NEW YORK — When 16-Year-Old Alonzo Harris was just an eighth-grader in the small New York City school district, he began to notice something unusual about other kids.
He noticed they were all wearing glasses.
And so, the small school district of East Elmhurst, New York, created the first glass-only class in the nation.
Students wore glasses and were encouraged to keep their eyes open.
The glasses were meant to make them easier to identify with friends.
But the kids soon began to wear them more, as the district saw more kids at school who were struggling with eye health.
They were struggling to find eye protection for themselves, or for their families, or just for themselves.
So they developed a special kind of glasses to help with this.
They were called glasses for health.
They were for glasses.
And they worked.
The glasses were so successful that, in 2003, the school district started to introduce a new set of glasses for children with special needs, and Harris was among the first.
The school district has since made the new glasses available to more students.
But while Harris was enjoying the new set, he wasn’t sure if his friends were as happy wearing the glasses as he was.
The glasses didn’t work, Harris told me.
It wasn’t that they didn’t fit.
They didn’t feel right.
And that’s when he noticed something else.
Something else he hadn’t noticed.
I was wearing a lot of glasses, but I was wearing them in a way that wasn’t really helping me,” Harris told Megyn Kelly.
My glasses weren’t helping me.
And I was trying to figure out why.”
But that was just the beginning.
The next year, Harris started noticing that his friends weren’t wearing the new sets of glasses that he had bought for them.
“They would have the glasses, and I would have none of them.
I was like, ‘Why?’
I mean, they didn, like, have any of it, I mean I just didn’t care.
Megyn Kelly: So you began wearing them to show them that you were not going to give up the new way of life that you had been living.
Alonza Harris: No, not really.
Megyn Kelley: So did you start to feel more confident about yourself?
Alonzo said that was the first time he felt that way about himself.
I did feel like I was a different person than I had been, he told me, and he said that the glasses helped him to feel a little more like himself.
He also noticed that his school friends started noticing he was wearing the same glasses as they were.
We just wore them in different ways.
And he realized that the school had the glasses to be successful, and so they were also trying to make the new glass-based glasses so that everyone could wear them.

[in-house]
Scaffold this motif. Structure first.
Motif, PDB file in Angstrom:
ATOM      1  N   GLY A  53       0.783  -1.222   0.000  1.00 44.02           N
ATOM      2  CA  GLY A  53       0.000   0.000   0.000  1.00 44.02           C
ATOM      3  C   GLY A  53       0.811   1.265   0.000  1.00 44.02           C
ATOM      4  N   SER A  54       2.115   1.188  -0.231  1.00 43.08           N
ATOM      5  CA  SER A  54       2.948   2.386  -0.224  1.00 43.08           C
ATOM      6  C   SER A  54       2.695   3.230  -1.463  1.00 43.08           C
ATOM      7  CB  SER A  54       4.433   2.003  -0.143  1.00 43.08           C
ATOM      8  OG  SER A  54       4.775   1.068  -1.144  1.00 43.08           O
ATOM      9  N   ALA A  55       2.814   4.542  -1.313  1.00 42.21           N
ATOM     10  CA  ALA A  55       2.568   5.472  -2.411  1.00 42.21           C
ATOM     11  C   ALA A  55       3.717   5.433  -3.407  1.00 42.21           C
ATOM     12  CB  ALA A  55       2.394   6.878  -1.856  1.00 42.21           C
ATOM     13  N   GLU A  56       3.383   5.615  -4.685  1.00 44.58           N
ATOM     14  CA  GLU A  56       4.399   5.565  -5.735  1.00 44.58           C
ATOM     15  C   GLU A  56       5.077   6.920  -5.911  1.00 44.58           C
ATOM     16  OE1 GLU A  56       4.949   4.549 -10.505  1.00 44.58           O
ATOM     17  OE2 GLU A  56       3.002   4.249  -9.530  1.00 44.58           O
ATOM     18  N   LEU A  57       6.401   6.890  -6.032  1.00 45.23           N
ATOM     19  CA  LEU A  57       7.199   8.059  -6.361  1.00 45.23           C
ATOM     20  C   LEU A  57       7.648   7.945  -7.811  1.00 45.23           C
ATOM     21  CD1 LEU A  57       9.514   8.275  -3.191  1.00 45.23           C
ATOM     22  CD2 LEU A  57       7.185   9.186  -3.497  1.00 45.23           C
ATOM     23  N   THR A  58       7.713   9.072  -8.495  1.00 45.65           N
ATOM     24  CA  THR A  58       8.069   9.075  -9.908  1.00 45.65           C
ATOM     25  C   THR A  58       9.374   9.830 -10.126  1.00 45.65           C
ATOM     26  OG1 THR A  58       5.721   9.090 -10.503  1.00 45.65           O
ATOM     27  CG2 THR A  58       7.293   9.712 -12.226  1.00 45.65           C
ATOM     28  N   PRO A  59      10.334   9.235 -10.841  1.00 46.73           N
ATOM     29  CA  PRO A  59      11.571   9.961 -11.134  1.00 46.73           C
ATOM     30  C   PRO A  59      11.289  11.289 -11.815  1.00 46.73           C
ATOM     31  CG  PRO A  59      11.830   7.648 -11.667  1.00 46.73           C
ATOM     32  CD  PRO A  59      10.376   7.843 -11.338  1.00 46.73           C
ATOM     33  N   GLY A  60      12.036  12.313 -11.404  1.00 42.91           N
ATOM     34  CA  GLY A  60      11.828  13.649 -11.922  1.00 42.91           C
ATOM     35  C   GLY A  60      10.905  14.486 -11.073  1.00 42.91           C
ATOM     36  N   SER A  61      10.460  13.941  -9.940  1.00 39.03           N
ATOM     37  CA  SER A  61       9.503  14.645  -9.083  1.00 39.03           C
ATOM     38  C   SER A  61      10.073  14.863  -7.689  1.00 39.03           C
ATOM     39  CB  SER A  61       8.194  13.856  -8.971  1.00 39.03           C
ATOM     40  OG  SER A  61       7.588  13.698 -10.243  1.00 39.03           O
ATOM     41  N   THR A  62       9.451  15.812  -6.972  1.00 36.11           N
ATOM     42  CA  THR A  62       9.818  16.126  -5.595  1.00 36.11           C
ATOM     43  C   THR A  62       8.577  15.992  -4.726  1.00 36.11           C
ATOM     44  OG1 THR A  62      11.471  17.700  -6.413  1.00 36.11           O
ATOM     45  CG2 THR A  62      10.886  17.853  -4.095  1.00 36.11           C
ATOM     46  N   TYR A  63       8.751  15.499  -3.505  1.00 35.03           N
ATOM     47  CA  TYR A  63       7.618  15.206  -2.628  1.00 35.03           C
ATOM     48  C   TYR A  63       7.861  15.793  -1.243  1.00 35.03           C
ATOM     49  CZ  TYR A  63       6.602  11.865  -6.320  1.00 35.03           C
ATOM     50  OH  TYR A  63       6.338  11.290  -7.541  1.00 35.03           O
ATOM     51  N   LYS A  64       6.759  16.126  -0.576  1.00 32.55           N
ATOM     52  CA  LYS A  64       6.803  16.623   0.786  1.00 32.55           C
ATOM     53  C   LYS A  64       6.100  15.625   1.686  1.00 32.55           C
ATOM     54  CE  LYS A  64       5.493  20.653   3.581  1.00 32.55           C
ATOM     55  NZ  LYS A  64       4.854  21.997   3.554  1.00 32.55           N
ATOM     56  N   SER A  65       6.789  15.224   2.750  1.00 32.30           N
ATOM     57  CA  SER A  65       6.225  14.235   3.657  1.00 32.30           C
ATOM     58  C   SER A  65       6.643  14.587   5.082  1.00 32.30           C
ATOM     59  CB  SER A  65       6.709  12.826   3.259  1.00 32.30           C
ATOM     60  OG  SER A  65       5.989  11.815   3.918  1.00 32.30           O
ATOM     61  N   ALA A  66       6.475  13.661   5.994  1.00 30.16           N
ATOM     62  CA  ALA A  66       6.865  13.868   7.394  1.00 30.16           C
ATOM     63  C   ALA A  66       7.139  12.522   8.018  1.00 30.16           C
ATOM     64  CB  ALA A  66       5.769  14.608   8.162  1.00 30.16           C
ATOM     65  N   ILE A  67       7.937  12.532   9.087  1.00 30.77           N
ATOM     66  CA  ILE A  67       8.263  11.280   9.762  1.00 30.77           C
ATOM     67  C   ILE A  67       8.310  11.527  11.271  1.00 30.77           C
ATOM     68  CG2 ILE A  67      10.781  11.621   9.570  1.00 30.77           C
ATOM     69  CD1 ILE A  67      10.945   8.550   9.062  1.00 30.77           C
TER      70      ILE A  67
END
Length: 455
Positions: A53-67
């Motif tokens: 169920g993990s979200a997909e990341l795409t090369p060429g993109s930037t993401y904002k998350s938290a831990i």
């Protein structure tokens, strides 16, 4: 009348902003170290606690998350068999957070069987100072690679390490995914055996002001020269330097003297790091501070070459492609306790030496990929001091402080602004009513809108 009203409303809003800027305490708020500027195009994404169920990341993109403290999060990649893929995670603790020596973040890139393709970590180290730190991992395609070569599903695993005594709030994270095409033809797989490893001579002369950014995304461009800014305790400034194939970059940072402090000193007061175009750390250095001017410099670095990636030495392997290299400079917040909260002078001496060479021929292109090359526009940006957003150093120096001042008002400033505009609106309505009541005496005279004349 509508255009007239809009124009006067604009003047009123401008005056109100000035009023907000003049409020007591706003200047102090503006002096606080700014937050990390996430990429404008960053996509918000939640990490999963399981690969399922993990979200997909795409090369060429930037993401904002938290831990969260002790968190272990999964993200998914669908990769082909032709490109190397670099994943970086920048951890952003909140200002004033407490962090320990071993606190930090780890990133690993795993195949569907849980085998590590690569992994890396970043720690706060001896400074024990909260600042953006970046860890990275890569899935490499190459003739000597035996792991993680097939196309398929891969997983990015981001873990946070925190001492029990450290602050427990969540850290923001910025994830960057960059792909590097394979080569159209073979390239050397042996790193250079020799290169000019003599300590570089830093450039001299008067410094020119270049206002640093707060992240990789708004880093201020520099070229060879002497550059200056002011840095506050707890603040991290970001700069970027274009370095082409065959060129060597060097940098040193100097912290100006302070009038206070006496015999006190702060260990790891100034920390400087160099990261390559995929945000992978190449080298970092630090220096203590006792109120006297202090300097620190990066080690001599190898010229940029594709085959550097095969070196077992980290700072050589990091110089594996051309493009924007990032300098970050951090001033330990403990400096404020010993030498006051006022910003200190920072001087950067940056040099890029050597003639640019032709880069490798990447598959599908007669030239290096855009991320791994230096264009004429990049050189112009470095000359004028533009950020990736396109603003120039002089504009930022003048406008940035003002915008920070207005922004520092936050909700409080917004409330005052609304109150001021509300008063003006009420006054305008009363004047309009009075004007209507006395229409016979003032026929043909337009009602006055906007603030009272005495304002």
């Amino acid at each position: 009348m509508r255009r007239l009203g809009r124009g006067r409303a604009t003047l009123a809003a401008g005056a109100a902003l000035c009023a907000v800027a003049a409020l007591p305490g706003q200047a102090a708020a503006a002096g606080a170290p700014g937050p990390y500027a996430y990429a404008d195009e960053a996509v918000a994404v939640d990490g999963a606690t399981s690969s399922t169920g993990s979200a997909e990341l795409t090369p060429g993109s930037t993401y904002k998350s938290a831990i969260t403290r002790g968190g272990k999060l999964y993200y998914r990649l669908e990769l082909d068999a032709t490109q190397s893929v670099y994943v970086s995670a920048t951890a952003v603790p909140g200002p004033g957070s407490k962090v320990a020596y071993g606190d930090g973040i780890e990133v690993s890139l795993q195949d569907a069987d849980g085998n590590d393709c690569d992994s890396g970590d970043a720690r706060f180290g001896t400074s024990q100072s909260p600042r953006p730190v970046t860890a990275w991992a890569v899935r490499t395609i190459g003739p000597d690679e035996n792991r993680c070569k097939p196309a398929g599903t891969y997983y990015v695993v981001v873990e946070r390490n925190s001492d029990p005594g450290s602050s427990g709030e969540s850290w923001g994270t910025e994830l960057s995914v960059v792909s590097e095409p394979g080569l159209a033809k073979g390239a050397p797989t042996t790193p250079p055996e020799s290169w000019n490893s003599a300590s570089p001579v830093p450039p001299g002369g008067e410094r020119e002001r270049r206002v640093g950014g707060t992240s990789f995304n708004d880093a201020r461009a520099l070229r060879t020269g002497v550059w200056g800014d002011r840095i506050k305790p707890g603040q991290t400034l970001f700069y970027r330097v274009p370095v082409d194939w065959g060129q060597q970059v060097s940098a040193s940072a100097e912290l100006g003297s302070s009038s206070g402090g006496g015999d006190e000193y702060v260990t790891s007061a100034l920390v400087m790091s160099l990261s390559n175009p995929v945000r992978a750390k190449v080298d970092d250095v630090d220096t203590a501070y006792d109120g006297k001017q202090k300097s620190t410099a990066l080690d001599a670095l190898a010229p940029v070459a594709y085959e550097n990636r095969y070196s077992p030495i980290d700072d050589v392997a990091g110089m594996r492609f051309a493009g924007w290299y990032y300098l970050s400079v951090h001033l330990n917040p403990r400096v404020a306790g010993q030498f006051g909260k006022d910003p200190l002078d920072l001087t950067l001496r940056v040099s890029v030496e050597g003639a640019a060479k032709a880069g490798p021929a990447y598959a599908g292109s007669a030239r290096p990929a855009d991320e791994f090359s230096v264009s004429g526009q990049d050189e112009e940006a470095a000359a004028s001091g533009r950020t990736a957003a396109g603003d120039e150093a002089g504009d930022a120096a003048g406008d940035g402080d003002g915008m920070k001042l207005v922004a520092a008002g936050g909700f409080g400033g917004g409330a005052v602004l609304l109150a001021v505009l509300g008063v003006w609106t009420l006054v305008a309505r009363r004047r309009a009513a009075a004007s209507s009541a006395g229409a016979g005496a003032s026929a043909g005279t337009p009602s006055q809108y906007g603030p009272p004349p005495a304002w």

And he started doing that.
I am just like, this is really hard, he said.
I am wearing a whole lot of different glasses.
Meghan, my daughter, said that she is wearing a few different sets of them and she is getting the most use out of them because she is seeing how much they help her, and she can wear them without feeling like she is being judged.
Alonza says that the new-fashioned glasses make him feel like he is not alone.
[The new glasses] really helped me to not be so ashamed, because I feel like people know me and they have a different opinion than I do about my eyes.
Megan, my friend, said she is now wearing a pair of glasses and she was not sure she wanted to wear a different set because it was not as comfortable.
But she was also wearing the old glasses because she did not want her friend to feel that they were not comfortable.
I’m not saying that it’s wrong, but you can wear glasses.
It just depends on what the need is.
Meghna, my mother, said her daughter is wearing her new glasses.
She said it helps her to be more comfortable and she feels more comfortable with her friends.
I was really happy to do it, she said.
But it did take some time to get used to it.
I think that it took some time for my mother to realize that the old set was not really helping her.
Meghna said she was surprised that the glass set did not help her.
I think it’s not as big a deal as it may seem, she told me during the call.
You know, I think I wear it every day, I wear the glasses every day.